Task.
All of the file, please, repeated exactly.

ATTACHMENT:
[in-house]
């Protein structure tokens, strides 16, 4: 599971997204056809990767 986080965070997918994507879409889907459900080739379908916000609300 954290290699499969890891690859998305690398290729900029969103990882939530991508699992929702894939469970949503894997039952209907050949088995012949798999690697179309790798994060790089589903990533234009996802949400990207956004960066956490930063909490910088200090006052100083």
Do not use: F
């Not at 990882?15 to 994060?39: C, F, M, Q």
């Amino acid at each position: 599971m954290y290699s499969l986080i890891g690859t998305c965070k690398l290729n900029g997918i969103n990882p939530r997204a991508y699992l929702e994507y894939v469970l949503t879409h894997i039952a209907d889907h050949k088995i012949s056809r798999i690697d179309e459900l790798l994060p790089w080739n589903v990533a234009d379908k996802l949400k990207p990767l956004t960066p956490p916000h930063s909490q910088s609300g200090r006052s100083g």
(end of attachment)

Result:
[in-house]
């Protein structure tokens, strides 16, 4: 599971997204056809990767 986080965070997918994507879409889907459900080739379908916000609300 954290290699499969890891690859998305690398290729900029969103990882939530991508699992929702894939469970949503894997039952209907050949088995012949798999690697179309790798994060790089589903990533234009996802949400990207956004960066956490930063909490910088200090006052100083």
Do not use: F
């Not at 990882?15 to 994060?39: C, F, M, Q």
């Amino acid at each position: 599971m954290y290699s499969l986080i890891g690859t998305c965070k690398l290729n900029g997918i969103n990882p939530r997204a991508y699992l929702e994507y894939v469970l949503t879409h894997i039952a209907d889907h050949k088995i012949s056809r798999i690697d179309e459900l790798l994060p790089w080739n589903v990533a234009d379908k996802l949400k990207p990767l956004t960066p956490p916000h930063s909490q910088s609300g200090r006052s100083g």